Learning is worth leaving the house for. Whether you’re interested in science, history, politics, philosophy, art, music, theater, film, technology, cooking, or sports, there’s something happening at Harvard this fall for you.
SEAS’ Science and Cooking series returns with stars such as Joanne Chang ’91 and former White House executive pastry chef Bill Yosses. The series pairs Harvard professors with celebrated food experts and renowned chefs to break down the science behind culinary techniques. It kicks off Sept. 18 with “The Art of Fermentation.”
Boston’s brightest innovators will showcase their ideas at HUBweek, a four-day festival (Oct. 12-15) at Government Center that is co-sponsored by Harvard and features speakers such as Atul Gawande, Malcolm Gladwell, and Juliette Kayyem, art exhibits, late-night parties, film screenings, and demos by local startups, tech companies, labs, and universities.
If you didn’t get seats to Brian Greene’s sold-out “Space, Time, and Reality” lecture (Sept. 19) and you’re looking for help wrapping your mind, or hands, around the cosmos, the Harvard-Smithsonian Center for Astrophysics hosts monthly observatory nights and on Nov. 16 will demonstrate VR technology that allows you to “hold a dead star in your hand.” The Museum of Natural History’s exhibit “World in a Drop” on Oct. 16 magnifies another universe seldom explored, but on a different scale, revealing the intrinsic beauty of microbes through cutting-edge photo technology.
What a trip
The Ludlow-Santo Domingo Library contains the world’s largest private trove of popular and underground cultural ephemera related to sex and drugs. Highlights of the 50,000-item collection will be displayed at Houghton Library through Dec. 16 in the exhibit “Altered States: Sex, Drugs, and Transcendence in the Ludlow-Santo Domingo Library.” Radcliffe’s companion show “Altered Gazes,” which opens Oct. 2 at the Schlesinger Library, flips the script with material from the same collection, foregrounding women as creators and consumers of countercultural content. “Although underground comics, X-rated publications, and popular music have often objectified and marginalized female participants,” organizers say, “this exhibition highlights instances where women take charge of the gaze, creating culture instead of merely consuming it.”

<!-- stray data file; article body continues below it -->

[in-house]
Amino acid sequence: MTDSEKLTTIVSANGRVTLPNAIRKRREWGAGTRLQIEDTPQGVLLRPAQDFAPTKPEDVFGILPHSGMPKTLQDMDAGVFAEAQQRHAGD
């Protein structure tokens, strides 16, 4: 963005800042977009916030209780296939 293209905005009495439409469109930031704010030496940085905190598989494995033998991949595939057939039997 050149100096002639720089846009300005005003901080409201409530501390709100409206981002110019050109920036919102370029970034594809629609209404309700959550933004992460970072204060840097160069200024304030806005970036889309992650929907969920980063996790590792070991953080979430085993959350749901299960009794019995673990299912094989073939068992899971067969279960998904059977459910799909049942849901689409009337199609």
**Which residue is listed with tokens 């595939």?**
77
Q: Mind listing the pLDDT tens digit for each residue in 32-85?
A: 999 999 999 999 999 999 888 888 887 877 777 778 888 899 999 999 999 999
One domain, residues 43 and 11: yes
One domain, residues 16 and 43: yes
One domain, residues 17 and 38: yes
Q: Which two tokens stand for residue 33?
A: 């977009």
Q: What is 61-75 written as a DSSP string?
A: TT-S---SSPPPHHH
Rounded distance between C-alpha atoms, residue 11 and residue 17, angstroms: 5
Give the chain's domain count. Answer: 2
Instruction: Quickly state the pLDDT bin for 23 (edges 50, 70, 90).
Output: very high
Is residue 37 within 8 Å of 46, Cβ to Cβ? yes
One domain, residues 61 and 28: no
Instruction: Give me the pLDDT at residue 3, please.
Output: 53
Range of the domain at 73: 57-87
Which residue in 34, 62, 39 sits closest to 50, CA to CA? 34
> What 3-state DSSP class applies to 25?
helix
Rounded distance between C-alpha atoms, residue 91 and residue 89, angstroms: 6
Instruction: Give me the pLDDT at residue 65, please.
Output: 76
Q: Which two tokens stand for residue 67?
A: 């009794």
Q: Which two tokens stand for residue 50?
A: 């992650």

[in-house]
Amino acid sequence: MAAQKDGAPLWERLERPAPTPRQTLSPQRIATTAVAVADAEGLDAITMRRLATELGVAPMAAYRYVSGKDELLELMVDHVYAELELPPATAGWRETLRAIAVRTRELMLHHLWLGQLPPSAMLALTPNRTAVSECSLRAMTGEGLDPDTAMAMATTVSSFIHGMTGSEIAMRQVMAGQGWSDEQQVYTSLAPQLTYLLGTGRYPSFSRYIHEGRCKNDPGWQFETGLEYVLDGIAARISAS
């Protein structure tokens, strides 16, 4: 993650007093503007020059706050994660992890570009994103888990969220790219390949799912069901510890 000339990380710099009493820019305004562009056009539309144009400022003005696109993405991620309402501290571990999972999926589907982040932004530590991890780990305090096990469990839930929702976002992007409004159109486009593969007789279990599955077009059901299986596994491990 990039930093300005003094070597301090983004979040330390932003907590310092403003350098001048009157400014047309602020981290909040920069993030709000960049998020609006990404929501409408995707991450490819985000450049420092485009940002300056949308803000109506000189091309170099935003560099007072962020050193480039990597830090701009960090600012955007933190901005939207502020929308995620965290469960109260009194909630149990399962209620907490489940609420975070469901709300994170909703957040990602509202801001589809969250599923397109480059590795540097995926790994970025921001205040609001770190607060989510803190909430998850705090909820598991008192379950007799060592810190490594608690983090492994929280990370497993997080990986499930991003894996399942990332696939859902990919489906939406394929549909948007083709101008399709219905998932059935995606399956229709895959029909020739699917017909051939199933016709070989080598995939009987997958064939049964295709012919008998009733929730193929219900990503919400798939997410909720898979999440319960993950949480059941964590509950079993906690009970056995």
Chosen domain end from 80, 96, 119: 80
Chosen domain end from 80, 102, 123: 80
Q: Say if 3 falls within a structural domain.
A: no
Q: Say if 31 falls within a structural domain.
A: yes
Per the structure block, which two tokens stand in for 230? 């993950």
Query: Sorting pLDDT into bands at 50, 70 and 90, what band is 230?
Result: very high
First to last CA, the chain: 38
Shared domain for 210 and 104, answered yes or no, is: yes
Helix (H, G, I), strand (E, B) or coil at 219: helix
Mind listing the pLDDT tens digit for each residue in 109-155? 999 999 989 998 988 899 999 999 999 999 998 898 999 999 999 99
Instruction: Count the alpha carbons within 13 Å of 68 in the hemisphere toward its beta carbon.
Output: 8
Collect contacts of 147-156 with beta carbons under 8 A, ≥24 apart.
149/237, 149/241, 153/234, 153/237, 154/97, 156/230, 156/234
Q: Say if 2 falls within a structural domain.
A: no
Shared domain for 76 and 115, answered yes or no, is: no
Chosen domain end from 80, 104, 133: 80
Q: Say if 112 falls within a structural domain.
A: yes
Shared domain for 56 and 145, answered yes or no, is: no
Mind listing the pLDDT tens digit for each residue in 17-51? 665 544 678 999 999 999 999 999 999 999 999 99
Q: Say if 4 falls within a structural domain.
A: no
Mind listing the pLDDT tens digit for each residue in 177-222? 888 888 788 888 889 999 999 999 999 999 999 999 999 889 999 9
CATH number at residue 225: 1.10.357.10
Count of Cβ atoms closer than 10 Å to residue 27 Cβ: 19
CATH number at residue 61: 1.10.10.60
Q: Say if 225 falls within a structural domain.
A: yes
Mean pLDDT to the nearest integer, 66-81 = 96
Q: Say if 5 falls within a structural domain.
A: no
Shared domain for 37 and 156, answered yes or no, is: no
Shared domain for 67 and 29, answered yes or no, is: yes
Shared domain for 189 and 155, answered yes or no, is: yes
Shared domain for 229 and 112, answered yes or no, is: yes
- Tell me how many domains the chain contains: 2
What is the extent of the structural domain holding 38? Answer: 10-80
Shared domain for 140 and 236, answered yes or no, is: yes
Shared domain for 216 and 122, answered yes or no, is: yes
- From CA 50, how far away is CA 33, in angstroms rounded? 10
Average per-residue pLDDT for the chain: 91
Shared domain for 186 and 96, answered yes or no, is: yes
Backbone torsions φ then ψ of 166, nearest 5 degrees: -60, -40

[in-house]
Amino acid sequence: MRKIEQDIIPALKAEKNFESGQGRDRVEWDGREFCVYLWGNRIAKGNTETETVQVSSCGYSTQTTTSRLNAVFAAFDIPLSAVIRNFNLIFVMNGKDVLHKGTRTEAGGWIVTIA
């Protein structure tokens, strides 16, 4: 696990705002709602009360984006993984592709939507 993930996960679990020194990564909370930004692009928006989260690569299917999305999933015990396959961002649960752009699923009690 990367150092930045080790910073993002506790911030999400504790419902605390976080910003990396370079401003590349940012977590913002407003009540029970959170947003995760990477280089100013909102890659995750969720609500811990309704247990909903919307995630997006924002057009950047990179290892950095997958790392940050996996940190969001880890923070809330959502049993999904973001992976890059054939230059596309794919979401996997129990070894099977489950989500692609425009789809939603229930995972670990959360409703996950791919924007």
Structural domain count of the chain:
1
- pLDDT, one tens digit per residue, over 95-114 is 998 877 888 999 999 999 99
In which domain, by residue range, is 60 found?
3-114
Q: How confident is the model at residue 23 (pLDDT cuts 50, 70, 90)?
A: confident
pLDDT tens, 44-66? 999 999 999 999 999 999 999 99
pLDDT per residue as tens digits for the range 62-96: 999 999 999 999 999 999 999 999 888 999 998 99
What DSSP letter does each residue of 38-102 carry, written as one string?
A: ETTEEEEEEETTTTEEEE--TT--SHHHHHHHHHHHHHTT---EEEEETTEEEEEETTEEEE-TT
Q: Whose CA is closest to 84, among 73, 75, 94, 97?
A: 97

If you missed Cornel West’s convocation address last month, you’ll get another opportunity to catch the Divinity School professor and political activist reprise some of the same themes in a forum and Q&A titled “Spiritual Blackout, Imperial Meltdown, Prophetic Fightback” at the Graduate School of Education on Oct. 4. West raised the idea of a “spiritual blackout in America” in a Boston Globe op-ed last year in which he prescribed “robust democratic education” to treat the nation’s “civic melancholia.”
‘Night Of’ writer talks prison reform
Richard Price, a novelist and screenwriter whose credits include “Clockers,” “The Color of Money,” and “The Wire,” will take part in a discussion on Oct. 25 with prison-reform educator Edyson Julio, moderated by novelist Claire Messud, about his recent HBO series “The Night Of.” The show tells the story of a young murder suspect imprisoned at Rikers Island while awaiting trial. This talk is a companion event to a one-on-one Mahindra Humanities Center writers forum with Price and Messud on Oct. 24.
Curate your own exhibit
A Harvard Art Museums program allows visitors to request pieces of art from the Fogg, Busch-Reisinger, and Arthur M. Sackler museums not currently displayed in the galleries for special viewings in a conference room. The Art Study Center welcomes walk-ins on most Mondays from 1 p.m. to 4 p.m. An appointment is required outside of those hours. Also, to complement the American Repertory Theater production of “WARHOLCAPOTE” (through Oct.13), the center is featuring prints from Andy Warhol’s portfolio “Marilyn Monroe” (Sept. 18 and 25, and Oct. 2).